“A Real Mom”
(1 Kings 3:16-28)
A Mother’s Day Message
Rev. Todd A. Linn, PhD
Henderson’s First Baptist Church, Henderson
•I invite you to take your Bibles and join me this morning in 1 Kings, chapter 3 (page 234; YouVersion).
We are interrupting our verse-by-verse study of the Book of James in order to study a passage that has implications for Mother’s Day. Having said that, I will warn you that this passage is not a typical Mother’s Day passage! Over the years we have studied the more obvious biblical passages for Mother’s Day including reading in the New Testament about Timothy’s grandmother Lois and his mother Eunice, and Hannah and her love for little Samuel in the Old Testament. Great passages and great biblical texts to use on Mother’s Day.
This morning, however, we are reading about a couple of women who don’t usually come to mind on Mother’s Day. In 1 Kings chapter 3 we are told that the two women came before King Solomon to ask him to judge and render a decision on a very dark and troublesome matter.
People went to see King Solomon because he had the wisdom of God within. Many of you know that God once appeared to Solomon in a dream and told him he could have anything he wished. Wow! What would you ask for if God said, “I’ll give you anything you want?!”
Solomon, rather than asking for things like riches and long life, asked for wisdom. So God gave him wisdom and, because he had not asked for things like riches and long life, God gave Solomon all of those things, too! So people went to see King Solomon, people like these two women.
These two women each had a newborn child roughly the same age. And something tragic had happened one evening that occasioned their need to see the king that he might issue a ruling and settle a dispute. Let’s read about it, picking up in verse 17.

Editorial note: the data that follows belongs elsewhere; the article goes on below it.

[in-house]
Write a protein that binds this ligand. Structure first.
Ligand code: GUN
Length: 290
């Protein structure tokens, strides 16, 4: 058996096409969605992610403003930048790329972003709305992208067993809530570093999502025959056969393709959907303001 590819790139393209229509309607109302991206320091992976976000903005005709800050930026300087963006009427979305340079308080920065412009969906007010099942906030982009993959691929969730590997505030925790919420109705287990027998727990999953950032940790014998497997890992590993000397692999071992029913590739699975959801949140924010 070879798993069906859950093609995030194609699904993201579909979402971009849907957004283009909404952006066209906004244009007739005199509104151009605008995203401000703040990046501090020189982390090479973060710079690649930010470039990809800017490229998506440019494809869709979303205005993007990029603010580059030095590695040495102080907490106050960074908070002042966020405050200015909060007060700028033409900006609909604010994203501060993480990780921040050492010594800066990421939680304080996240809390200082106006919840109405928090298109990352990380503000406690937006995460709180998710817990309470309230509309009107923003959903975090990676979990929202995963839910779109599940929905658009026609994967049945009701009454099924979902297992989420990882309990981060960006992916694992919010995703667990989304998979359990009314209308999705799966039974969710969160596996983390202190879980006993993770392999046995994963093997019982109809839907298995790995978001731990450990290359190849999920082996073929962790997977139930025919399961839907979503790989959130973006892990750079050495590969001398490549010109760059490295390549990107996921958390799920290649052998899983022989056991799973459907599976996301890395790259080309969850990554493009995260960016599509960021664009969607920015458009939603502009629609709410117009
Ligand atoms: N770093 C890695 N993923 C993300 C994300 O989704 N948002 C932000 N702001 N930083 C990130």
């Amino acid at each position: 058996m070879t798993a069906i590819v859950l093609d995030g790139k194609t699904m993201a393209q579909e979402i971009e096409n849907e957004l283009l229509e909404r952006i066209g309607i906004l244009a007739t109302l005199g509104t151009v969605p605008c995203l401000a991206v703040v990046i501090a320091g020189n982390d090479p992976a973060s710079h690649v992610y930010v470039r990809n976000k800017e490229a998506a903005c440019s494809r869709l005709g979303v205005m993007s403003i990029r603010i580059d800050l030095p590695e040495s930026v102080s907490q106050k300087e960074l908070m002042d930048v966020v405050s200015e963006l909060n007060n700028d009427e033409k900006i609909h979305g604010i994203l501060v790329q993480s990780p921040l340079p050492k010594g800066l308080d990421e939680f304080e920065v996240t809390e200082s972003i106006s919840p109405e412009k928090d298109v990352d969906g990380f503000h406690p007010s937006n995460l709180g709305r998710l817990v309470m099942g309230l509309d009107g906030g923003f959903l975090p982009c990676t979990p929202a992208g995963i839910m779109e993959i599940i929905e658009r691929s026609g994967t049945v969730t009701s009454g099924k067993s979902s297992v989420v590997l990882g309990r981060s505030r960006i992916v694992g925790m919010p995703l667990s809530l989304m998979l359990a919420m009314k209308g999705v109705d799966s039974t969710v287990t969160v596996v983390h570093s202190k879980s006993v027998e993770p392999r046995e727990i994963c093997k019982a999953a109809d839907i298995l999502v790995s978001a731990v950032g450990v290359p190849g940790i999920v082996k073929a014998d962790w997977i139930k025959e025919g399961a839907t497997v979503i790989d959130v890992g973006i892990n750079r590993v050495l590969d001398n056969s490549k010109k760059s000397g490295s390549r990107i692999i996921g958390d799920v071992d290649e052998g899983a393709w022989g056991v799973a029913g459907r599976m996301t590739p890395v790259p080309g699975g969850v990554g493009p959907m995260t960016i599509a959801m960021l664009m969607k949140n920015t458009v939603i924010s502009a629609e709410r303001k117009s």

•Please stand in honor of the reading of God’s Word.
17 And one woman said, “O my lord, this woman and I dwell in the same house; and I gave birth while she was in the house.
18 Then it happened, the third day after I had given birth, that this woman also gave birth. And we were together; no one was with us in the house, except the two of us in the house.
19 And this woman’s son died in the night, because she lay on him.
20 So she arose in the middle of the night and took my son from my side, while your maidservant slept, and laid him in her bosom, and laid her dead child in my bosom.
21 And when I rose in the morning to nurse my son, there he was, dead. But when I had examined him in the morning, indeed, he was not my son whom I had borne.”
22 Then the other woman said, “No! But the living one is my son, and the dead one is your son.” And the first woman said, “No! But the dead one is your son, and the living one is my son.” Thus they spoke before the king.
These two women may, at first, may seem unlikely candidates for a sermon on Mother’s Day. But there are a few things that happen in this true, historical account that helps us see the love of real mothers for their children.
Before we talk about that specifically, think about what has just happened. These two women appear before King Solomon in what is really his first “Test Case” to show the world that the wisdom of God dwells within him.
One woman tells the king that the two of them live in the same house. The first woman gives birth and three days later the other woman gives birth. Now there are two women each with a newborn baby. Tragically one evening one of the women accidentally rolls over in the night and unintentionally kills her child. So this same woman deceptively sneaks over to where the other woman lay with her child and exchanges her dead child for the living child belonging to the other woman.
So the next morning the other woman wakes and begins to nurse her child and discovers this dead baby in her arms. Imagine her horror to have made this discovery, but then, upon closer examination she realizes this child is not her own, but the child of the other woman. She looks over at the other woman and sees her own living child in the other woman’s arms. But the other woman denies this and says, “No. The living child is mine and the dead child is yours!”
Well, this is the scenario brought before the king and he’s to determine who’s telling the truth and who’s lying. We are told in this passage that there are no other witnesses. It’s just one woman’s testimony against the other’s. Unlike today, there is no possibility of DNA testing. King Solomon merely hears the case and must render a decision.
After hearing the two women testify, the king restates the quandary aloud for the benefit of all present in the room, including the court reporter. Verse 23:
23 And the king said, “The one says, ‘This is my son, who lives, and your son is the dead one’; and the other says, ‘No! But your son is the dead one, and my son is the living one.’”